The article first briefly describes the traditional domestic context of the debates about so-called corporate social responsibility and its relation to basic issues of corporate governance. The article then turns to the changing context in which the Norms were conceived. A critical analysis of the Norms in this context points to potential critical changes in global consensus with significant ramifications for American domestic law. First, the Norms considerably alter the framework of the debate about corporate social responsibility. Corporations, seen as social, political, and economic actors, would serve not merely a broadened set of traditional stakeholders, but also the state and international community as well.

Traditional constraints on action against shareholders, and especially corporate shareholders, would be effectively disregarded for virtually all purposes. Second, the Norms enlist transnational corporations as agents of international law implementation, even against states that have either refused to ratify certain international instruments or have objected to the gloss advanced by international institutions. The Norms create an effective system for the implementation of international law norms through private law. The Norms are implemented through the law of contract between individuals rather than by treaty or state action. Because the Norms are based on a number of international instruments that have not been ratified by all states, the Norms use transnational corporations as a means of end-running states, and in the process, create the basis for the articulation of customary international law principles that will apply to states. Third, the Norms substantially alter the balance of power over corporate governance between inside stakeholders (shareholders, lenders, etc) and outside stakeholders (community, society, the state) by providing a substantial role to NGOs to monitor TNC conformity to the requirements of the Norms.

The article ends with a preliminary consideration of the Norms in a broader context. It analyses the Norms, not as substance, but as symptom of two great fundamental changes in the allocation of governance power in a global setting. First, it illustrates rearrangements in the relative power of systems of domestic, international, public and private systems of governance. Second, the Norms provide a template for the character and form of interaction and communication, among these systems of governance.

 

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“The Autonomous Global Corporation: On the Role of Organizational Law Beyond Asset Partitioning and Legal Personality,” 41(4) Tulsa Law Journal 41(4):541-571 (2006).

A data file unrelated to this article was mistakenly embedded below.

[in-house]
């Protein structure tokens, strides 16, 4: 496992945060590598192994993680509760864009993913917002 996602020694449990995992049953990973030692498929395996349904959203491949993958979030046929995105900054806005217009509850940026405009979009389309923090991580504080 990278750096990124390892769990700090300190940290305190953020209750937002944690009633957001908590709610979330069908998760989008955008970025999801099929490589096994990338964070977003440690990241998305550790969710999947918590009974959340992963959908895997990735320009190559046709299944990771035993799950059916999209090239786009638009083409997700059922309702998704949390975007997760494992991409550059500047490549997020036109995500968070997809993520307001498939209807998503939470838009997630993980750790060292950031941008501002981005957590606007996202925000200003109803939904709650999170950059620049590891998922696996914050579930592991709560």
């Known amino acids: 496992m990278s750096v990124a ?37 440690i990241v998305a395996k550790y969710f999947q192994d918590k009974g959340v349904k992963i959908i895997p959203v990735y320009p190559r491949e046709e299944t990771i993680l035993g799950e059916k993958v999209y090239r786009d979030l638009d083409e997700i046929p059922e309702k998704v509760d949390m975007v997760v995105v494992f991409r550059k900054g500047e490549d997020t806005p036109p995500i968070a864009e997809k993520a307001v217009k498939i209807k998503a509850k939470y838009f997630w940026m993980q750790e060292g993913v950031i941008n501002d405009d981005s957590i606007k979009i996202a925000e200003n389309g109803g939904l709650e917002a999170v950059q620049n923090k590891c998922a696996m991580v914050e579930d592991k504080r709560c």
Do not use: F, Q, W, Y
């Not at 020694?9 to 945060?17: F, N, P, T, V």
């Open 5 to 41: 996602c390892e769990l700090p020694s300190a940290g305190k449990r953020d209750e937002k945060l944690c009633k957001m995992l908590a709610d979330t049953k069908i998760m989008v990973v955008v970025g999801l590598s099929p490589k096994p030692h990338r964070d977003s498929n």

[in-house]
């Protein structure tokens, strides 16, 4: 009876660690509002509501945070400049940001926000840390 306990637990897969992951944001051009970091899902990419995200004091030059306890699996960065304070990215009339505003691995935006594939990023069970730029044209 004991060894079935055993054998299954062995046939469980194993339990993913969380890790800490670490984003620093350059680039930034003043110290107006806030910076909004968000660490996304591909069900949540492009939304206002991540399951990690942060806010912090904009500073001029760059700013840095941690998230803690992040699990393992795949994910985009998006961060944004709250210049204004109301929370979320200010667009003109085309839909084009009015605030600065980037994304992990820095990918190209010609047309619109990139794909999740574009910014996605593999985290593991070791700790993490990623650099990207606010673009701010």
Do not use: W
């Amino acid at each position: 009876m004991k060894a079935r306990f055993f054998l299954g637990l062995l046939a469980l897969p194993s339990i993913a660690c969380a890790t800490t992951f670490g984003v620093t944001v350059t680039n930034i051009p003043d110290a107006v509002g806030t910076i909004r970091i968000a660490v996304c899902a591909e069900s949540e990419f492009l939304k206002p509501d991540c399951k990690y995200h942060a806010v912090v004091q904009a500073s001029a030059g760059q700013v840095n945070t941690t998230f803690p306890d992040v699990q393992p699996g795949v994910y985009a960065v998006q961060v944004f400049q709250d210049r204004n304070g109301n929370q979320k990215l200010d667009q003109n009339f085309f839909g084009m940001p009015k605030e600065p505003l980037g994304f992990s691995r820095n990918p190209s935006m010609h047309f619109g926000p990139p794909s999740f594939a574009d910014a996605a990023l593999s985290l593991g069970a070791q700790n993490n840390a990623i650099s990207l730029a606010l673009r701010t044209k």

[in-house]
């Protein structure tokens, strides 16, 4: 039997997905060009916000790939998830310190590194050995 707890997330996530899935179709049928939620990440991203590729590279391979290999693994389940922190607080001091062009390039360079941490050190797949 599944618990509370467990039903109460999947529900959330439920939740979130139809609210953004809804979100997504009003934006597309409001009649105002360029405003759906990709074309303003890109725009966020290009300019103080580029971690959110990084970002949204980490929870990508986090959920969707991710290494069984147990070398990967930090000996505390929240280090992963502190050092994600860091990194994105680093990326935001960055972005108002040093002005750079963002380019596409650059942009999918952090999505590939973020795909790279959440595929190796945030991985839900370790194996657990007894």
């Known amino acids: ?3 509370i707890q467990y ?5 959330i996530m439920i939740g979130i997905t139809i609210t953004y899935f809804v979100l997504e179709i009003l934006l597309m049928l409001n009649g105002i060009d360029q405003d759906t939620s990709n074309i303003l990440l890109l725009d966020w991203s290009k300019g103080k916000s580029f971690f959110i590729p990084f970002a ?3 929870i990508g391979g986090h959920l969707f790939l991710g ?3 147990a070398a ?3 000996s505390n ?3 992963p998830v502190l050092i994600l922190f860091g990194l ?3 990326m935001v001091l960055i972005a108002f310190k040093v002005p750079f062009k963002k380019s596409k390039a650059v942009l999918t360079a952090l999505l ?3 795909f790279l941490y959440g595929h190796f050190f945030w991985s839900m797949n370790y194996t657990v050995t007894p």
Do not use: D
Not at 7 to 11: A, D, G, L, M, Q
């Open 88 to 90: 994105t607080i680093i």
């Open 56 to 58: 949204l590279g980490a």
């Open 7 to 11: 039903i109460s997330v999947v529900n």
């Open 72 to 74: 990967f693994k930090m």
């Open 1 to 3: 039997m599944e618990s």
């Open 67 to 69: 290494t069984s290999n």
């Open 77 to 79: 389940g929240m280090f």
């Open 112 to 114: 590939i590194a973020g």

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Abstract: Today, an economic enterprise can insulate its assets within itself. It can disperse its assets among enterprises, each an independent juridical person. It can exist independent of its shareholders. It can own itself. It can exist independent of the regulation of any singular political community. It can choose the set of regulations to which it wishes to subject clusters of assets. It can regulate itself. For the economic enterprise able to disperse assets and operations worldwide, for the enterprise that can access capital markets throughout the globe, the essential role of law of economic organizations appears to be to enhance the ability of the multinational economic enterprise to become an autonomous and self regulating entity. This short essay serves as an introduction to the construction of a theory of institutional autonomy from out of a century of debate about the nature of economic entities. The essay first re-examines the asset partitioning ideas of Hansman and Kraakman the context of the multinational enterprise. It suggests that asset partitioning can be usefully understood as fleshing out the contours of the way in which organizational law shapes enterprise autonomy for creditors. The essay then re-examines the corporate personality analysis of Iwai to suggest that in a global context, Iwai’s insights suggest the possibility of enterprise autonomy from shareholders. The essay then considers the perverse utility of the ancient territorial principle and the principle of regulatory hierarchy. Applied in a global context these principles suggest the possibility of enterprise autonomy from the state. Pulling these three puzzle pieces together, the essay suggests that the nexus of multinational enterprises and globalization provides a foundation for the emergence of self-conscious autonomous self-regulating economic entities.